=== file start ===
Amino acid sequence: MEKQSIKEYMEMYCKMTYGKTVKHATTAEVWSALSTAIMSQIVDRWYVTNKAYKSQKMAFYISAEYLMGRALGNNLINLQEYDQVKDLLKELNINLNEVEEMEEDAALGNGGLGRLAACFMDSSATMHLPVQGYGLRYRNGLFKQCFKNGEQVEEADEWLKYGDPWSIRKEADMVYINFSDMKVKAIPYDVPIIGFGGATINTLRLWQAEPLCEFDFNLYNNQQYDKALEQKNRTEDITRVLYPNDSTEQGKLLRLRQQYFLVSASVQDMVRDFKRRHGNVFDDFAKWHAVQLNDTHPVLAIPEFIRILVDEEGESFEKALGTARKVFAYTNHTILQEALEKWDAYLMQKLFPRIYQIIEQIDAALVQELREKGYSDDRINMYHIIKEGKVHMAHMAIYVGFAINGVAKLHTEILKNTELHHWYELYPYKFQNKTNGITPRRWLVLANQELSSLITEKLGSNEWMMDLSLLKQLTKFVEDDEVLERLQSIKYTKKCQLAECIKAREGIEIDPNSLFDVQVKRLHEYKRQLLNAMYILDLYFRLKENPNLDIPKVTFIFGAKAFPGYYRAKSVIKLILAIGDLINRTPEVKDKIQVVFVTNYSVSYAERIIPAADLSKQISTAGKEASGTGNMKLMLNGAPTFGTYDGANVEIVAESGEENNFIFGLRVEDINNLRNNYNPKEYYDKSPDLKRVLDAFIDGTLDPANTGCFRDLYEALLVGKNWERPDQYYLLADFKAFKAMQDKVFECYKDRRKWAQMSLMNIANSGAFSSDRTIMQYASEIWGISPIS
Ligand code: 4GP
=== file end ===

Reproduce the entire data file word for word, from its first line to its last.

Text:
Amino acid sequence: MEKQSIKEYMEMYCKMTYGKTVKHATTAEVWSALSTAIMSQIVDRWYVTNKAYKSQKMAFYISAEYLMGRALGNNLINLQEYDQVKDLLKELNINLNEVEEMEEDAALGNGGLGRLAACFMDSSATMHLPVQGYGLRYRNGLFKQCFKNGEQVEEADEWLKYGDPWSIRKEADMVYINFSDMKVKAIPYDVPIIGFGGATINTLRLWQAEPLCEFDFNLYNNQQYDKALEQKNRTEDITRVLYPNDSTEQGKLLRLRQQYFLVSASVQDMVRDFKRRHGNVFDDFAKWHAVQLNDTHPVLAIPEFIRILVDEEGESFEKALGTARKVFAYTNHTILQEALEKWDAYLMQKLFPRIYQIIEQIDAALVQELREKGYSDDRINMYHIIKEGKVHMAHMAIYVGFAINGVAKLHTEILKNTELHHWYELYPYKFQNKTNGITPRRWLVLANQELSSLITEKLGSNEWMMDLSLLKQLTKFVEDDEVLERLQSIKYTKKCQLAECIKAREGIEIDPNSLFDVQVKRLHEYKRQLLNAMYILDLYFRLKENPNLDIPKVTFIFGAKAFPGYYRAKSVIKLILAIGDLINRTPEVKDKIQVVFVTNYSVSYAERIIPAADLSKQISTAGKEASGTGNMKLMLNGAPTFGTYDGANVEIVAESGEENNFIFGLRVEDINNLRNNYNPKEYYDKSPDLKRVLDAFIDGTLDPANTGCFRDLYEALLVGKNWERPDQYYLLADFKAFKAMQDKVFECYKDRRKWAQMSLMNIANSGAFSSDRTIMQYASEIWGISPIS
Ligand code: 4GP